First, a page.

The Jazz Quintet (1981)
This outing has Conti performing with an all star rhythm section including: Mike Wofford, Piano; Herman Riley, Saxophones; Jim Plank, Drums; John B. Williams, Bass
The Jazz Quintet – Recorded In Los Angeles, March 1981
Originally Released On Discovery Records
Conti’s third album displays his overwhelming mastery of the jazz guitar in the hard bop jazz idiom. And once again, Conti’s skill as a prolific composer becomes evident. Pete Welding, who is one of the most highly respected music critics said it best in a Guitar World magazine story and review: “Make No Mistake, Conti Is A Monster Musician Who’s Got It All Covered!”
This outing has Conti performing with an all star rhythm section including: Mike Wofford, Piano; Herman Riley, Saxophones; Jim Plank, Drums; John B. Williams, Bass; As evident when listening to this album, each musician made marked contributions. Conti was especially taken by Mike Wofford’s superb rendition of “In Memory Of” a solo piece written by Conti, who states: “Mike Wofford epitomizes the term “Master Musician” His exquisite interpretation and performance of that piece of music brought me to tears. When I heard the playback, it was almost a spiritual experience – he played every lilting nuance as if he was in my thoughts when I wrote the music! It was the high point of that recording session!
Note: One week before The Jazz Quintet was recorded in Los Angeles March,1981, Robert Conti also appeared as a guest soloist on Gerald Wilson’s “Lomelin, The Orchestra Of The Eighties” which featured an all-star lineup of West coast jazz musicians.
Southeast Entertainer Review by Pete Mandell
We saved the best for last. This is, quite simply, one of the best jazz albums to come along in a long, long time. As annotator Pete Welding notes, “…Conti has fully arrived.” Those who have caught guitarist Conti’s rare public appearances in this area are aware of his prodigious skills. The man is a monster player, with a seemingly never-ending flood of inventive musical ideas and a technique that is dazzling. In a live performance, however, the music roars by and is gone. Captured in “The Jazz Quintet,” Conti’s abilities can be savored in replaying, studied for their brilliance and be better appreciated. A pleasant surprise here is Conti’s impressive compositional skills. He wrote and arranged the seven tunes included on the disc. They range from a hell-bent-for- leather blazer titled “String Fever” to a floating and anguished ballad of the Strayhorn variety (“Chelsea Bridge,” “Lush Life,” etc.) titled “The Agony Of Ecstasy.” “Rotation” employs the familiar chord structure of “Cherokee” (a Conti favorite), taken at a tempo that only the gifted would attempt. “the Street Life Of South Philadelphia” (Conti’s home turf) is a very catch melody in 6/4 time that reminds, at times, of Miles Davis’ “All Blue.” A long and lovely ballad titled “The World Today” contrasts with a funky romper called “Hollywood and Sunset.” The eminently talented Mike Wofford is on piano (he solos on a lovely ballad entitled, “In Memory Of”), and Herman Riley is heard on soprano, alto and tenor sax and flute. John B. Williams is the dependable bassist and Jim Plank handles percussion duties. Joe Pass, Pat Metheny – whoever, look out. Robert Conti has arrived — and he’s ready.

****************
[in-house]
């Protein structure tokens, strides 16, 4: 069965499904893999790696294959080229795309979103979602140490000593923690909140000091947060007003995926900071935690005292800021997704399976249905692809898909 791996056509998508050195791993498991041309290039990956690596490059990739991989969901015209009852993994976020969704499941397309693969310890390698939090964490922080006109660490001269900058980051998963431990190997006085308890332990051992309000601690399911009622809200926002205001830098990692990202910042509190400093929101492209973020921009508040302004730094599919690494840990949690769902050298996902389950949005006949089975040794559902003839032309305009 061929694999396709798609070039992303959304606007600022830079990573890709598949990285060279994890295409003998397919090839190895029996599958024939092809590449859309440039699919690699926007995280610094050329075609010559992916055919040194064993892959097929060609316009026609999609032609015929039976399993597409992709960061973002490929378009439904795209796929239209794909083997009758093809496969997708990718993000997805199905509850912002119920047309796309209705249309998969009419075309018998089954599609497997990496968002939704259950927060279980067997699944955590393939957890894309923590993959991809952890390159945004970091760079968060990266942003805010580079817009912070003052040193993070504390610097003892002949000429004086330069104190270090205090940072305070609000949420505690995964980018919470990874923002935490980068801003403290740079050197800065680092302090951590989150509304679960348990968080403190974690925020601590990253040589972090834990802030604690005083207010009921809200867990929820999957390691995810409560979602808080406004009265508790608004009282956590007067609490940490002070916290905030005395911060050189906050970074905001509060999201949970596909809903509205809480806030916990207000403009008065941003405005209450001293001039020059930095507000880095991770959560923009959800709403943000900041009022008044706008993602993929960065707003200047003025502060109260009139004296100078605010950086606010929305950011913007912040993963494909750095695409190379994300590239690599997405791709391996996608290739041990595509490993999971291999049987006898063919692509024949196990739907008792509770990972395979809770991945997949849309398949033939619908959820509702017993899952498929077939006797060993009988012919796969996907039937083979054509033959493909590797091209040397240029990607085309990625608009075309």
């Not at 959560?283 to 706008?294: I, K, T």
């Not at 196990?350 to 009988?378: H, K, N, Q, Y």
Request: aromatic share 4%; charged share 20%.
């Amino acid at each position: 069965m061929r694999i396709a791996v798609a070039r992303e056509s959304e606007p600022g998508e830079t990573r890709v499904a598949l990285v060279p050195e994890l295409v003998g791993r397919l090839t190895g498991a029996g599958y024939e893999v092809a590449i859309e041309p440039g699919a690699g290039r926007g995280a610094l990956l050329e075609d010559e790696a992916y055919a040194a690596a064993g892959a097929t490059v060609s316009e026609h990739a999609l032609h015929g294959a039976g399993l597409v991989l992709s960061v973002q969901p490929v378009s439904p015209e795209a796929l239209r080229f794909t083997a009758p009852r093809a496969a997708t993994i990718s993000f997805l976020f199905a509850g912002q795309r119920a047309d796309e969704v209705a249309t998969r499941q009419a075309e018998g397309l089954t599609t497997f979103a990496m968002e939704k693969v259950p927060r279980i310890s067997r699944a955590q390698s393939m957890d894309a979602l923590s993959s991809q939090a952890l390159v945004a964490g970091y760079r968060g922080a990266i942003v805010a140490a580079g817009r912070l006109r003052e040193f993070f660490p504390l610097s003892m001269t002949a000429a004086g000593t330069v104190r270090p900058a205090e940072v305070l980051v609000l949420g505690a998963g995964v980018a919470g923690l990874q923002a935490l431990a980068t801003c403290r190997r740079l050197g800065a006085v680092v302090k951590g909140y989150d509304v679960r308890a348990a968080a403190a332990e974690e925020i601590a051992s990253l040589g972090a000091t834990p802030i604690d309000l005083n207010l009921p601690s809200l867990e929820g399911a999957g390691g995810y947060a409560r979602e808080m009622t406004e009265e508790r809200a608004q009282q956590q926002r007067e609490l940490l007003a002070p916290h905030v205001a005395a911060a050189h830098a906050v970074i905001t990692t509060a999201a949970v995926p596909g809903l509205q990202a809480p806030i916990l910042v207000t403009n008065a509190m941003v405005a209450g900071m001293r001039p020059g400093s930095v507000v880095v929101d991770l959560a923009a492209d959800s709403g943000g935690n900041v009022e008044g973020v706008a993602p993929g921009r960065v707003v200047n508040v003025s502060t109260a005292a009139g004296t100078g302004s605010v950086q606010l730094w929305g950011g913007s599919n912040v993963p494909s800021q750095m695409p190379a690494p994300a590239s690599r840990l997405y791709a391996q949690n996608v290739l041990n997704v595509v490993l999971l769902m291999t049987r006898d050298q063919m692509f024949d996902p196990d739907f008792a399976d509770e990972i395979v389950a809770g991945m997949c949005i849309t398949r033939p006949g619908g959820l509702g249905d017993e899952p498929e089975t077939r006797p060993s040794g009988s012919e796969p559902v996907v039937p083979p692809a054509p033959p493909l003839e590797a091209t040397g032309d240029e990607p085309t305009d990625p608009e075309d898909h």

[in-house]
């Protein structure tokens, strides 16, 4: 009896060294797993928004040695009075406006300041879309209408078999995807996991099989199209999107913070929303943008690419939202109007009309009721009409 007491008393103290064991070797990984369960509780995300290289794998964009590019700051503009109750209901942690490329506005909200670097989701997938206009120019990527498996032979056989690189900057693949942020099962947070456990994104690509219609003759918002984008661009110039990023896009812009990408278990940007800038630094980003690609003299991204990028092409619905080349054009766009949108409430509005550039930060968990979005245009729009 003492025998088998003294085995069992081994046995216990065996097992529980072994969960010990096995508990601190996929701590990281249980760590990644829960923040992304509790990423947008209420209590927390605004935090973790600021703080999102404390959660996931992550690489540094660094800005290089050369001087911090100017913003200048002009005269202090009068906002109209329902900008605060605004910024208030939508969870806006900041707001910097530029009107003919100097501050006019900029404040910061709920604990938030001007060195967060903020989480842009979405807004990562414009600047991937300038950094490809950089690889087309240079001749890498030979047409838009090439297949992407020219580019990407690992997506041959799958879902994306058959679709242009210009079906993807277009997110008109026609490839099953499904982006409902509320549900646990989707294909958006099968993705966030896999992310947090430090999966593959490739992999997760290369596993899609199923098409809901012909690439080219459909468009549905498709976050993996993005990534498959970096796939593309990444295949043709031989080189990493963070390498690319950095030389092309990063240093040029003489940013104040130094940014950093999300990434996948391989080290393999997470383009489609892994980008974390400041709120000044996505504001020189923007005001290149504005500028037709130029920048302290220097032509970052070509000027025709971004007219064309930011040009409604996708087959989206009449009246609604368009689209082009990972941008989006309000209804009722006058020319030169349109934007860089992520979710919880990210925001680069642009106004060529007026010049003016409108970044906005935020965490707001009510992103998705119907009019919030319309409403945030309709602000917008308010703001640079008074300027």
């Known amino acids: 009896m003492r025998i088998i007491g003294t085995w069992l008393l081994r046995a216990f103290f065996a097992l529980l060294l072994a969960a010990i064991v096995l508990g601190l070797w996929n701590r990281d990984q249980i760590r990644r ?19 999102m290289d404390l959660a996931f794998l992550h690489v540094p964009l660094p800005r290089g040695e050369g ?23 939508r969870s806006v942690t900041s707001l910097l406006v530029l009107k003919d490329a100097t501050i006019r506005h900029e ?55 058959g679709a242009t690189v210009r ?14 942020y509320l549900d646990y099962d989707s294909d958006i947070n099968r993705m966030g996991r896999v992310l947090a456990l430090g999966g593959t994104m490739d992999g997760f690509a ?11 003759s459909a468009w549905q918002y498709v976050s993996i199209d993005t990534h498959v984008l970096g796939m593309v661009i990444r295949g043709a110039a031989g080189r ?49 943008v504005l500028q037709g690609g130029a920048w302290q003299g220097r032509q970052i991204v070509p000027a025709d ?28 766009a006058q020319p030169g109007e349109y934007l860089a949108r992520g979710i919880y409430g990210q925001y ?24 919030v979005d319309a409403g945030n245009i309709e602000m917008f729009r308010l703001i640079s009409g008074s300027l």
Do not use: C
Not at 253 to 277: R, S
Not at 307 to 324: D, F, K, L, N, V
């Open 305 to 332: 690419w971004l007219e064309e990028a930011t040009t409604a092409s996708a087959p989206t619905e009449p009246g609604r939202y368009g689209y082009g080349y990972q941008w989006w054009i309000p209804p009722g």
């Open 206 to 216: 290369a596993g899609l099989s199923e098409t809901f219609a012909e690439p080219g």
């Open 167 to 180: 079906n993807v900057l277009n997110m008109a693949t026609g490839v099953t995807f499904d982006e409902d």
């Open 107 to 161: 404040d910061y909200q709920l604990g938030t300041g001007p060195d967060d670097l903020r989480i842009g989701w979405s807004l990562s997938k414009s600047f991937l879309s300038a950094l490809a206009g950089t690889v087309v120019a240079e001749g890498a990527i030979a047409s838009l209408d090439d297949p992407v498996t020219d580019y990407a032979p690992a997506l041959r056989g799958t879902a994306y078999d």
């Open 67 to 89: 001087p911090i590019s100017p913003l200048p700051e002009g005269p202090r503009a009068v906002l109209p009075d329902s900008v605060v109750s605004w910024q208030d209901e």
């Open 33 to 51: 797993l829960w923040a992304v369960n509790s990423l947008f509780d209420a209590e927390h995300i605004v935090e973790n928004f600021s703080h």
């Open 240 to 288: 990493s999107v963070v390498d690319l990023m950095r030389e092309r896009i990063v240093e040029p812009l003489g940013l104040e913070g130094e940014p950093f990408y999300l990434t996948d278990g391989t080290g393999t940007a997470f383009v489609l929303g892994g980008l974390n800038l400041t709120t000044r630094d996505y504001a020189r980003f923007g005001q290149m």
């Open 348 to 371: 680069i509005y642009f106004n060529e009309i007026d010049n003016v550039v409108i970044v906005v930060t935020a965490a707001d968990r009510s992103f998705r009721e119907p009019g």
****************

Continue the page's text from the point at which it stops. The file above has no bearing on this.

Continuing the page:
Jazz Improv Mag. Review by Ethan Gutzeit:
Robert Conti is awesome! His debut jazz recording “The Robert Conti Quintet Featuring Mike Wofford” is as viable today as it was when it was released in 1980. The first tune “Rotation” is an up tempo swing tune that Conti eats alive with his blistering single note lines. “The Agony Of Ecstasy” is a ballad with Herman Riley on Soprano saxophone playing the haunting melody punctuated by string arrangements and subtle comping by Wofford and Conti. Conti adds some nice chord soloing and some single note material. “Hollywood and Sunset” is a medium swing tune with another great Conti solo representing a Philadelphia guitar sound started by Pat Martino. “In Memory Of” is a song Conti wrote after the passing of his father in 1979. Conti lets Wofford take over and play this wonderful ballad tune solo with a gentle touch. “The Street Life Of South Philadelphia” is a 6/8 grooving tune with a vamping section followed by a turnaround for the form. Conti shines on this original from the period. “The World Today” is another soulful ballad penned by Conti. He takes a great extended solo with much attention to taste. Conti also shows his chops soloing with octaves. “String Fever” is an up tempo rhythm changes tune showcasing Conti talent on the timeless jazz form.
I'm getting all 3 of your CDs... are you ever gonna put Laura on CD?